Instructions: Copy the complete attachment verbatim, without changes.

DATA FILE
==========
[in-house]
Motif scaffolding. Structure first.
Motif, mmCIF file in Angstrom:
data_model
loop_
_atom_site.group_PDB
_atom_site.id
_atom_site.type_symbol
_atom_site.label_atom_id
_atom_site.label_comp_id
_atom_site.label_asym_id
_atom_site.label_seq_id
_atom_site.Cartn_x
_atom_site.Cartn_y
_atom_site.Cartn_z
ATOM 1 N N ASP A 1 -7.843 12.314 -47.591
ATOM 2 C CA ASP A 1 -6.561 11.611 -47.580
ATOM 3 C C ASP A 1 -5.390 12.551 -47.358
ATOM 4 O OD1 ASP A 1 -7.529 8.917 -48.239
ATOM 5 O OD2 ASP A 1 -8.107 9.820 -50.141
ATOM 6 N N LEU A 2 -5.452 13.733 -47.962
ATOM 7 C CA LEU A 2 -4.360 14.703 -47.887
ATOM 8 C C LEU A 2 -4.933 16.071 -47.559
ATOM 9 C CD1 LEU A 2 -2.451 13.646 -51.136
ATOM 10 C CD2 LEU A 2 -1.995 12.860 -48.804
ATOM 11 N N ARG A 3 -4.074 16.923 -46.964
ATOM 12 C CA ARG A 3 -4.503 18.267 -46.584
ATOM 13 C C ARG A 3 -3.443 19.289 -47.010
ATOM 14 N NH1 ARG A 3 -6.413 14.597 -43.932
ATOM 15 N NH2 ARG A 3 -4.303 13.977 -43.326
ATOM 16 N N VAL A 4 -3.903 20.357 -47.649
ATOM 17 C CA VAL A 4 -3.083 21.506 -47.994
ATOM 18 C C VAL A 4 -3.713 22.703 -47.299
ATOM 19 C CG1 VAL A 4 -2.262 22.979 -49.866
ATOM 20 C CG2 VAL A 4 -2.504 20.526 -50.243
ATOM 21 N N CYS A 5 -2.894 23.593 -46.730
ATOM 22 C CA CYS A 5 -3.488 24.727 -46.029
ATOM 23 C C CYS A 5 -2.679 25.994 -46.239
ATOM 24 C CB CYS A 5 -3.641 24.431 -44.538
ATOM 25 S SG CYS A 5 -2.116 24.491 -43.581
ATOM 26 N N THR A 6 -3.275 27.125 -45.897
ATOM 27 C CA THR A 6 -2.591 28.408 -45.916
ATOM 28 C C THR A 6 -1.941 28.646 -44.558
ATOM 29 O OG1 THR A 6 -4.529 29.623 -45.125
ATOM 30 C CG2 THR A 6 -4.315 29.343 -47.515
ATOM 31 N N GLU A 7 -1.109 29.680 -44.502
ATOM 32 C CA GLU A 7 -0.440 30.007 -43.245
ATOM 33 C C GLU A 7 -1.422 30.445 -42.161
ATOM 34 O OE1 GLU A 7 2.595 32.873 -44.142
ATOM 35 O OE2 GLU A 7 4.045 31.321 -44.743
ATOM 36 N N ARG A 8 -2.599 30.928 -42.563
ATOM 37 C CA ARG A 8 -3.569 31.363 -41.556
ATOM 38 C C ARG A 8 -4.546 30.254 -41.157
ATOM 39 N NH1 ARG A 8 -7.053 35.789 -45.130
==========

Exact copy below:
[in-house]
Motif scaffolding. Structure first.
Motif, mmCIF file in Angstrom:
data_model
loop_
_atom_site.group_PDB
_atom_site.id
_atom_site.type_symbol
_atom_site.label_atom_id
_atom_site.label_comp_id
_atom_site.label_asym_id
_atom_site.label_seq_id
_atom_site.Cartn_x
_atom_site.Cartn_y
_atom_site.Cartn_z
ATOM 1 N N ASP A 1 -7.843 12.314 -47.591
ATOM 2 C CA ASP A 1 -6.561 11.611 -47.580
ATOM 3 C C ASP A 1 -5.390 12.551 -47.358
ATOM 4 O OD1 ASP A 1 -7.529 8.917 -48.239
ATOM 5 O OD2 ASP A 1 -8.107 9.820 -50.141
ATOM 6 N N LEU A 2 -5.452 13.733 -47.962
ATOM 7 C CA LEU A 2 -4.360 14.703 -47.887
ATOM 8 C C LEU A 2 -4.933 16.071 -47.559
ATOM 9 C CD1 LEU A 2 -2.451 13.646 -51.136
ATOM 10 C CD2 LEU A 2 -1.995 12.860 -48.804
ATOM 11 N N ARG A 3 -4.074 16.923 -46.964
ATOM 12 C CA ARG A 3 -4.503 18.267 -46.584
ATOM 13 C C ARG A 3 -3.443 19.289 -47.010
ATOM 14 N NH1 ARG A 3 -6.413 14.597 -43.932
ATOM 15 N NH2 ARG A 3 -4.303 13.977 -43.326
ATOM 16 N N VAL A 4 -3.903 20.357 -47.649
ATOM 17 C CA VAL A 4 -3.083 21.506 -47.994
ATOM 18 C C VAL A 4 -3.713 22.703 -47.299
ATOM 19 C CG1 VAL A 4 -2.262 22.979 -49.866
ATOM 20 C CG2 VAL A 4 -2.504 20.526 -50.243
ATOM 21 N N CYS A 5 -2.894 23.593 -46.730
ATOM 22 C CA CYS A 5 -3.488 24.727 -46.029
ATOM 23 C C CYS A 5 -2.679 25.994 -46.239
ATOM 24 C CB CYS A 5 -3.641 24.431 -44.538
ATOM 25 S SG CYS A 5 -2.116 24.491 -43.581
ATOM 26 N N THR A 6 -3.275 27.125 -45.897
ATOM 27 C CA THR A 6 -2.591 28.408 -45.916
ATOM 28 C C THR A 6 -1.941 28.646 -44.558
ATOM 29 O OG1 THR A 6 -4.529 29.623 -45.125
ATOM 30 C CG2 THR A 6 -4.315 29.343 -47.515
ATOM 31 N N GLU A 7 -1.109 29.680 -44.502
ATOM 32 C CA GLU A 7 -0.440 30.007 -43.245
ATOM 33 C C GLU A 7 -1.422 30.445 -42.161
ATOM 34 O OE1 GLU A 7 2.595 32.873 -44.142
ATOM 35 O OE2 GLU A 7 4.045 31.321 -44.743
ATOM 36 N N ARG A 8 -2.599 30.928 -42.563
ATOM 37 C CA ARG A 8 -3.569 31.363 -41.556
ATOM 38 C C ARG A 8 -4.546 30.254 -41.157
ATOM 39 N NH1 ARG A 8 -7.053 35.789 -45.130